It’s all the scary part

Late Friday afternoon this arrived.


My brand new book of essays about knitting. Free Range Knitter: The Yarn Harlot writes again. I wrote it.

It arrived late enough in the day that I had actually started thinking that it might not come until Monday, and that was fine with me. (I thought.) Then I wouldn’t have to spend the weekend exhausting myself working though my own deeply personal process of accepting that a new book has been published. A new book means swinging alternately back and forth for a few days between total juvenile pride and glee in my accomplishment (I have been known to dance) and a consuming fear and loathing of sending it out into public.

Here’s the thing. Being a writer is a scary job. Every part of it is scary. It is scary to try and say things so that people will understand you, knowing that if they don’t understand you, or if your idea is genuinely stupid, you will have no opportunity to say more about it or correct their ideas, or help them understand what you really meant and that you’re not actually the raving moron that they think you are based on the third sentence of paragraph six.

Once written, it is the book that has the relationship with the reader, not the writer, and it is the minute that I see that actual book… the finished thing – I realize that if I’m holding it in my hands, that more copies of this book are being sent to real people right this minute (and some of them even pre-ordered, and how terrible is that going to be when it sucks) and that from this moment forward – for the rest of my life- this book has made it absolutely certain that some people are going to stand around in yarn shops talking about how I’m a complete moron, I don’t deserve to earn any money (even a fraction of a dollar per book), and that frankly they wish that I wasn’t so full of myself that I thought I was special enough to write books at all. When I hold this book in my hands, that’s what I know.. and since every person has a voice inside them, the voice of their supremely unsuccessful self (a 16 year old short- skinny-bad hair-braces low self-esteem self, in my case) saying that anyway, the fear catches, and coalesces into nausea and a certainty that this can’t end well.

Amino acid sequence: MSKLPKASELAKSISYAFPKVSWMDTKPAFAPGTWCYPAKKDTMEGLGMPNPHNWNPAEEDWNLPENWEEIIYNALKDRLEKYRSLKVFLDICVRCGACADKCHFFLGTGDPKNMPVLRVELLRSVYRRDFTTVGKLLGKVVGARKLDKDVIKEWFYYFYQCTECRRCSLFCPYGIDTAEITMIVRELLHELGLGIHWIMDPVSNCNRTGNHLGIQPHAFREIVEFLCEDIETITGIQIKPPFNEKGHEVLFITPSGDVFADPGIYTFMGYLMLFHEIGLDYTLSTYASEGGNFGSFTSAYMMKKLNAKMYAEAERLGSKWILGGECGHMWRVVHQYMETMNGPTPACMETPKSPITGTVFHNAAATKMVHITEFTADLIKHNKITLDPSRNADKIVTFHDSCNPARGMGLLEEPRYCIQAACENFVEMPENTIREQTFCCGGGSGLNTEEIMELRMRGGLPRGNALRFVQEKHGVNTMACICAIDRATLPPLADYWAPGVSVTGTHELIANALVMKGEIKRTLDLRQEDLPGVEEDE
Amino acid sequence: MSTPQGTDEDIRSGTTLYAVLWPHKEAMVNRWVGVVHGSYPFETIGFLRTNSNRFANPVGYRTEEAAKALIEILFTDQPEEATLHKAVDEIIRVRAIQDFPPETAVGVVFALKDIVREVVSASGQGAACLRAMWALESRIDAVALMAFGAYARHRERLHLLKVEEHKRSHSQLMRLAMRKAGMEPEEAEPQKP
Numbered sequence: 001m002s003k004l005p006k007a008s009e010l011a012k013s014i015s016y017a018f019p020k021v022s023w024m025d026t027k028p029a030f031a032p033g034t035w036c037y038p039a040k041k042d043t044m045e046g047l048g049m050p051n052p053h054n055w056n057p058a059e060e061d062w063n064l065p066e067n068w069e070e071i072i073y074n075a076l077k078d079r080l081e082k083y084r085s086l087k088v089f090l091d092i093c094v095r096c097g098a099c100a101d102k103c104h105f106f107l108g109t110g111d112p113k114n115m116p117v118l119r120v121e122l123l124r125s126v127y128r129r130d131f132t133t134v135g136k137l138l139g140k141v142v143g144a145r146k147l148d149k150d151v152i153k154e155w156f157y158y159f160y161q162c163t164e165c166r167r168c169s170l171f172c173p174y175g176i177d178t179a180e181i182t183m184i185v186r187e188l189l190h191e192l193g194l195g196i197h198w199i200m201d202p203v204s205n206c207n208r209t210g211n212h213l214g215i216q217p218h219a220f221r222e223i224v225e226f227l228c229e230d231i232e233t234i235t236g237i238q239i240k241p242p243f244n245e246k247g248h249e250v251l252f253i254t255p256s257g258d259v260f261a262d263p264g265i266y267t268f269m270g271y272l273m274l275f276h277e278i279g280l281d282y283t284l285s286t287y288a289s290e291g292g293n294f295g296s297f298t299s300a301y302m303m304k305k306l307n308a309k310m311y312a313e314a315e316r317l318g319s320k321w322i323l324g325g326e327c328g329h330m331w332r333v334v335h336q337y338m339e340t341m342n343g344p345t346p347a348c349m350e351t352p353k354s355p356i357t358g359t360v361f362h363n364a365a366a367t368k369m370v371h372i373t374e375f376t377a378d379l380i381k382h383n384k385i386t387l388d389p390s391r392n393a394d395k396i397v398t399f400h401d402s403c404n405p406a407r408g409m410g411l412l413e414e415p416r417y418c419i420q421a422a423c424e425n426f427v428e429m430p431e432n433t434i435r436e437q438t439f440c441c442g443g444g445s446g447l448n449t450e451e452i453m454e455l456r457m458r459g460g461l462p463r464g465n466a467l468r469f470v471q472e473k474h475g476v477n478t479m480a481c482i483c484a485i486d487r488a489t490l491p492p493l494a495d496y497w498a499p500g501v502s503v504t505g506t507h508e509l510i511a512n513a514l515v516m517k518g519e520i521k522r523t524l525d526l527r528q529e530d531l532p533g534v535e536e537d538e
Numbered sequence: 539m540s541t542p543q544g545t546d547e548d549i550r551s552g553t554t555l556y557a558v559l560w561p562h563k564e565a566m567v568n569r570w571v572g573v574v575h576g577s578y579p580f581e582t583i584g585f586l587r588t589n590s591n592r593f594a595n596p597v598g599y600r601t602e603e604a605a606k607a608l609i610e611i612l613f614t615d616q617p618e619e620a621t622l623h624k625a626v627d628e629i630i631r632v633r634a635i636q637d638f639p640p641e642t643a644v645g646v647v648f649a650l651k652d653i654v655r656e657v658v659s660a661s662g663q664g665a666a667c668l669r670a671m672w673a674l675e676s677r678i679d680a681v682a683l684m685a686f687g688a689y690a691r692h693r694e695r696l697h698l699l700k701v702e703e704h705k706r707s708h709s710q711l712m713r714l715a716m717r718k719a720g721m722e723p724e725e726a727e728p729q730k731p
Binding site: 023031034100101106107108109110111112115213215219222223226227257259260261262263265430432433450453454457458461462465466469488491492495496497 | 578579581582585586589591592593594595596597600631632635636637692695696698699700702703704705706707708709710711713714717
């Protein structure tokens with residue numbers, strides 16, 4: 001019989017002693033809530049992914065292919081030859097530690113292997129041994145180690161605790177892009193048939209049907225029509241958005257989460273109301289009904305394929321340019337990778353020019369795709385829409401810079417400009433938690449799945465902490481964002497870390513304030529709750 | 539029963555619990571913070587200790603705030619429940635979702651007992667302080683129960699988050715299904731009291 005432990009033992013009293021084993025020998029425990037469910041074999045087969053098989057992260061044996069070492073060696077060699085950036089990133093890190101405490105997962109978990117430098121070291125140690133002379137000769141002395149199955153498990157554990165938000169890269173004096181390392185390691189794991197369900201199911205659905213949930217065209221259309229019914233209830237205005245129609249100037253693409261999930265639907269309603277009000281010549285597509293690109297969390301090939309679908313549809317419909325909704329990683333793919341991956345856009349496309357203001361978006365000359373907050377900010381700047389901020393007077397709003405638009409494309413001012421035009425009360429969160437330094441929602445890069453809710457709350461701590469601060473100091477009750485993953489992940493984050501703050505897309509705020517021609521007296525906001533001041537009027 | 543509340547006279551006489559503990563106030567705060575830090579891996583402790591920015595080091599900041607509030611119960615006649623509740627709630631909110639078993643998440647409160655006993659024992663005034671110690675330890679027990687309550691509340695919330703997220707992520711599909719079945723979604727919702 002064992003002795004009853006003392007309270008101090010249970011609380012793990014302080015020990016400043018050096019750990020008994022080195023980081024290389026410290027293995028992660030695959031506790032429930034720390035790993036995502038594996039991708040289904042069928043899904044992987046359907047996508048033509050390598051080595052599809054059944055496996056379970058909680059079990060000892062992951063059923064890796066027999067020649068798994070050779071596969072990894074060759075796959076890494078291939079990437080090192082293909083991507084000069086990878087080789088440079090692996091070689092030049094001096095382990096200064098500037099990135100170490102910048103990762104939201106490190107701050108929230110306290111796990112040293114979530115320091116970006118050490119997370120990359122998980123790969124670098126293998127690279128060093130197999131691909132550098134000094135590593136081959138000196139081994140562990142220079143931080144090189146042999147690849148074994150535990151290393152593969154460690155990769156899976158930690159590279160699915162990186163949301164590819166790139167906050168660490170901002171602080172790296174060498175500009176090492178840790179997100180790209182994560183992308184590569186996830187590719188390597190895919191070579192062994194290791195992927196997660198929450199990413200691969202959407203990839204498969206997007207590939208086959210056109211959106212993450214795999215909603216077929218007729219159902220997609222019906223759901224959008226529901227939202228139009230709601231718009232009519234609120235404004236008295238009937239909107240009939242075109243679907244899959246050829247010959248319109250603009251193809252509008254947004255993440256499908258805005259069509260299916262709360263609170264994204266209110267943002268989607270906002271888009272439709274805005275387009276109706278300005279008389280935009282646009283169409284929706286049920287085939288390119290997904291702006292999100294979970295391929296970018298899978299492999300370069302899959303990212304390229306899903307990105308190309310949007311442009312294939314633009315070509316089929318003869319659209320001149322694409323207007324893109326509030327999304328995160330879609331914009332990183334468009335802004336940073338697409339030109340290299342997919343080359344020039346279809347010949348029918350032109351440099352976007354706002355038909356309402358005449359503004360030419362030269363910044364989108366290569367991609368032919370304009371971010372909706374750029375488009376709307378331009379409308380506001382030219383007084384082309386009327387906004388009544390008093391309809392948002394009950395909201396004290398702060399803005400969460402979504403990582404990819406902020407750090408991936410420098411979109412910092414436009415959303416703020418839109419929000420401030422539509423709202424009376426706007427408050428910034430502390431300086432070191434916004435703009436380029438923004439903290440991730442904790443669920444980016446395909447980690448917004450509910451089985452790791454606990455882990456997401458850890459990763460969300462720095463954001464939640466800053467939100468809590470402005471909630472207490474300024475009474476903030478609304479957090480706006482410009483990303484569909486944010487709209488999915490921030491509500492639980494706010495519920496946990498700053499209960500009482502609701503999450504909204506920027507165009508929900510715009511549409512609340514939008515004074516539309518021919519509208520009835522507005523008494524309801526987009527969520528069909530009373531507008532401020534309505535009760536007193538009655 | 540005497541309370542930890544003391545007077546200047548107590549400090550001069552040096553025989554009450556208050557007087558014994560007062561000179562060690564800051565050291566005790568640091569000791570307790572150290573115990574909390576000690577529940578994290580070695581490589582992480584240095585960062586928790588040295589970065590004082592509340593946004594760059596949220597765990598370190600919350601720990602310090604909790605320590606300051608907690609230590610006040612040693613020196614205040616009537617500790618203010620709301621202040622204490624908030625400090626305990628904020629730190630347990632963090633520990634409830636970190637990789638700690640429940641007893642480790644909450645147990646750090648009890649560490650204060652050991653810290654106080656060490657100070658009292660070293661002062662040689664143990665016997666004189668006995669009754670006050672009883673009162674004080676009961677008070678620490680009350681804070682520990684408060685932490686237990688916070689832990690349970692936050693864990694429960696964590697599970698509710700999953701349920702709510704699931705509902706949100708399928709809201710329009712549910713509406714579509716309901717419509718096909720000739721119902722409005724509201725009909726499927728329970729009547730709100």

“From the moment I picked your book up until I laid it down I was convulsed with laughter. Some day I intend reading it.”

– Groucho Marx

I finished this book in the woods. I finished it sitting alone in the dark winter, snow falling outside, fire crackling near the desk – and when I finished it I pushed back from the desk and went and opened a bottle of my favourite wine, and I poured a pretty big glass and went back and sat there and stared at the computer. I stared and I thought to myself that it was a pretty darn good book – maybe even excellent, and I felt overwhelming pride and the happiness that comes from doing a hard thing as well as you can. I toasted myself, and I may have cried a little.

“Success is a finished book, a stack of pages each of which is filled with words. If you reach that point, you have won a victory over yourself no less impressive than sailing single-handed around the world.”

–Tom Clancy

Holding it in my hands today, my trepidation stems from knowing that there is no possible way that every person who reads it (and oddly, some people who don’t read it) will like it. There will be people who say that it’s not good, and I will have to lie in bed at night and try and figure out if that’s true. There will be people who love it, and as happy as I’ll be to hear it, I’ll have to lie in my bed and wonder if that’s true too. There will be the people who misunderstand me… and I won’t be there to correct them or mend my relationship with them. I’ll have to accept that they don’t know me, that the book isn’t me, and that just because they hate and misunderstand the book doesn’t mean that they hate me – that they don’t even know me. This will be extra hard, since these people often don’t say “I hated that book, it bored me to tears” but actually often say “Stephanie Pearl-McPhee? I hate her. She bores me to tears.” You can see how that might take a little self talk to get through. I have to remember it’s the book. It’s the book. It’s the book. They don’t know me. They’ve never met me. It’s the book. That’s their opinion of the book(s).

“From my close observation of writers…they fall into two groups: 1) those who bleed copiously and visibly at any bad review, and 2) those who bleed copiously and secretly at any bad review.”

–Isaac Asimov